The Constancy of Memory

Memory’s images, once they are fixed in words, are erased. Perhaps I am afraid of losing Venice all at once, if I speak of it, or perhaps, speaking of other cities, I have already lost it, little by little.

 –Italo Calvino, Invisible Cities

Cities carry with them the burden of memory, of the hopes and sorrows of their many denizens, of the surrender of ideologies to indifference, of shapes erected and consequently felled, of trees and trains that scratch against their backs; so well defined are they, yet exist only in the heads of their inhabitants, each city a mere permutation of a different, imaginary city. For Kar-wai, these city-images converge to Hong Kong.

There is perhaps no categorisation of Kar-wai’s body of work, because it would be contrary to the very subject of his films: the presence of an absence, an absence so completely tangible and humane so as to almost be considered in itself a presence – of an absence, surely, but a presence, nonetheless. 

These films are considered visual depictions of loneliness, melancholy, unrequited love and insufferable nostalgia, with intersecting disjointed storylines painted by a kaleidoscope of colours and identities. However varying their subject matter might be, there exists in these films an inseparable solitude that seems distant, almost ethereal at first, and one wonders where one has felt this way before, but cannot remember. 

A scene from Happy Together (1997)
(Source: Screen Musings)

Slowly, stumbling through the fantasies of Kar-wai’s characters drenched in Doyle’s vision, we begin to remember something. It is not entirely clear but there is a vague sentiment that borders between familiarity and irrepressible longing. Despite the emotional connections or their absences that are Kar-wai’s main appeal to viewers, the stories pale before the indifferent background assumed by Hong Kong, and it is only in contrast to Kar-wai’s memory of this metropolis that the characters envision themselves, or desire to envision themselves, free of this loneliness that has followed them all their life in a convergence of technical mastery and subtle cinematography. The feeling of isolation between the city — or the characters’ lives as they know it — and the characters is transfigured into constraints in their relationships, often physical in nature as well as circumstantial, framed by Kar-wai to produce an atmosphere of contrasting indifference, monotony, and seclusion. 

Conversely, Kar-wai also repeatedly employs distorted close-up shots to emphasise the abandonment and yearning felt by the characters as they each endeavor to attain an unattainable longing: Kar-wai’s own self-imposed exile from the present and his voyage into his memory of a city masqueraded as acceptance, love, tension in relationships, affection, and all other forms that befit a lonely man walking the streets of a city he has forgotten, or worse, does not remember.

A scene from Happy Together (left) and Mr Chow and Mrs Chan from In the Mood for Love (right)

It almost seems as if one would taint Kar-wai’s ode to Hong Kong by localising it in his lyrical frames and forlorn colours, but to the viewer they morph into narratives of their own, spinning tales of different cities and stories, each converging into the childhood exile of Kar-wai from Shanghai. Amidst this flood of emotions, we find ourselves detached yet closer to the characters.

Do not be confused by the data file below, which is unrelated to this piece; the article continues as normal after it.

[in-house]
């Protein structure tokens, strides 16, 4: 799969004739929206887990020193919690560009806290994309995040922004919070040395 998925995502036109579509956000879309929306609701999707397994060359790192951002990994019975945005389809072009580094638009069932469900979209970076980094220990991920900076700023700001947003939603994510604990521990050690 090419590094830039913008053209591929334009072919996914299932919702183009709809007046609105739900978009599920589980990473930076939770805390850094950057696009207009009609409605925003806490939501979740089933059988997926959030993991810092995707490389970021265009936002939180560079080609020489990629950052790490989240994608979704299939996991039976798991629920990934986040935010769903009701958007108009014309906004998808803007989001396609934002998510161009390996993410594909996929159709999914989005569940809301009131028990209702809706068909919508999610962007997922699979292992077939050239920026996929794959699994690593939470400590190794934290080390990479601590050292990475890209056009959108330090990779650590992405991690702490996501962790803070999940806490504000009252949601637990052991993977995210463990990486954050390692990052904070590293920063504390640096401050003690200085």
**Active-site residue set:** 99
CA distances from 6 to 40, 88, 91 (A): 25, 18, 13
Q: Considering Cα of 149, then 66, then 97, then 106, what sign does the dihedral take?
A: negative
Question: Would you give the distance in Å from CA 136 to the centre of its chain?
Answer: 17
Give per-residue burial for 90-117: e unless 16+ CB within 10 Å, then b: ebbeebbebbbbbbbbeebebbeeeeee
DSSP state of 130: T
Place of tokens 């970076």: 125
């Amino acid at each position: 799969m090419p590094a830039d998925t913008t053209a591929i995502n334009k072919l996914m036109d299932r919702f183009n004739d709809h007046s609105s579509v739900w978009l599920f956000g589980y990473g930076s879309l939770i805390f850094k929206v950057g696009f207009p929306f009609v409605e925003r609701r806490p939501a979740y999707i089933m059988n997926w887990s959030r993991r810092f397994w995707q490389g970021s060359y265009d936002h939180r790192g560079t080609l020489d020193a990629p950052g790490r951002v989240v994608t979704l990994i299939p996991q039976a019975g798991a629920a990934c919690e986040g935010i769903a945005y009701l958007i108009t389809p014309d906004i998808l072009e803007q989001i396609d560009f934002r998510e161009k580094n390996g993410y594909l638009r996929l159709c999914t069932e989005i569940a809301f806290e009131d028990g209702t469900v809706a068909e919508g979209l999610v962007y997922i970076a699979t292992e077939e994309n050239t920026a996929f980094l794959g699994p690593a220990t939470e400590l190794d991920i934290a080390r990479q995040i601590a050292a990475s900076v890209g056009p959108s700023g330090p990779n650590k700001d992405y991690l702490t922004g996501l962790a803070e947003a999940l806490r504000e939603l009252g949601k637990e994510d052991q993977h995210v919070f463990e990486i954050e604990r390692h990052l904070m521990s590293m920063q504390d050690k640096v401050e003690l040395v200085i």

Some snapshots from Fallen Angels (1995)
(Source: and

Kar-wai often employs his trademark close-up shot of the protagonists – here, against a remarkably normal Hong Kong underpass doused in a lonely sea of green; a shot which would have pretensions towards a reconciliation between the characters in another film but in Kar-wai’s vision depicts the immense separation between two persons despite their physical intimacy, an intrinsic human detachment beyond the words and actions that tail us across the many plateaus of our meagre, never-ending life. 

It is as if we have been in Hong Kong ourselves but all we remember of it are its tributaries, little parts of Hong Kong that have never found their way together in our minds, such that one cannot outwardly say, “This film was a place! A mere shadow of a false memory! A dream!”

Scenes from Chungking Express (1994)
(Source: Screen Musings and The Film Noob)

And as these films unfold slowly, like tea leaves swirling and dying the water shyly, we yearn to bring the characters closer to us, to whisper in their ear that the loneliness they feel will always follow them, or to just stay silent with them and wallow in the resignation of our fate. The watch thrust into our palms with severed hands ticks unceasingly between an aimless present and a hopeless past, the same limbo our characters find themselves in, and resting oddly in our fumbling hands, the watch bears a distorted image of ourselves staring hazily at its own reflection. 

In the background stand tall buildings silhouetted against a setting sun, apartment blocks often obstructed by the lone tree and their facades adorned with clotheslines and potted plants, a stooping man frying something for sale after dusk and a stranded sweat bead rolling down his neck, the neon spilling onto the dimly lit streets, the overwhelming cacophony of lives not one’s own; and though we know and understand fully that the remorse we feel will return, all our sorrow seems absolved in this fleeting moment, and our city and our life too appear bearable, delightful even. 

Wong Kar-wai’s films featured in this piece: Chungking Express (1994), Fallen Angels (1995), Happy Together (1997) and In the Mood for Love (2000).

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Written by: Hassan A.

Cover photo credits:

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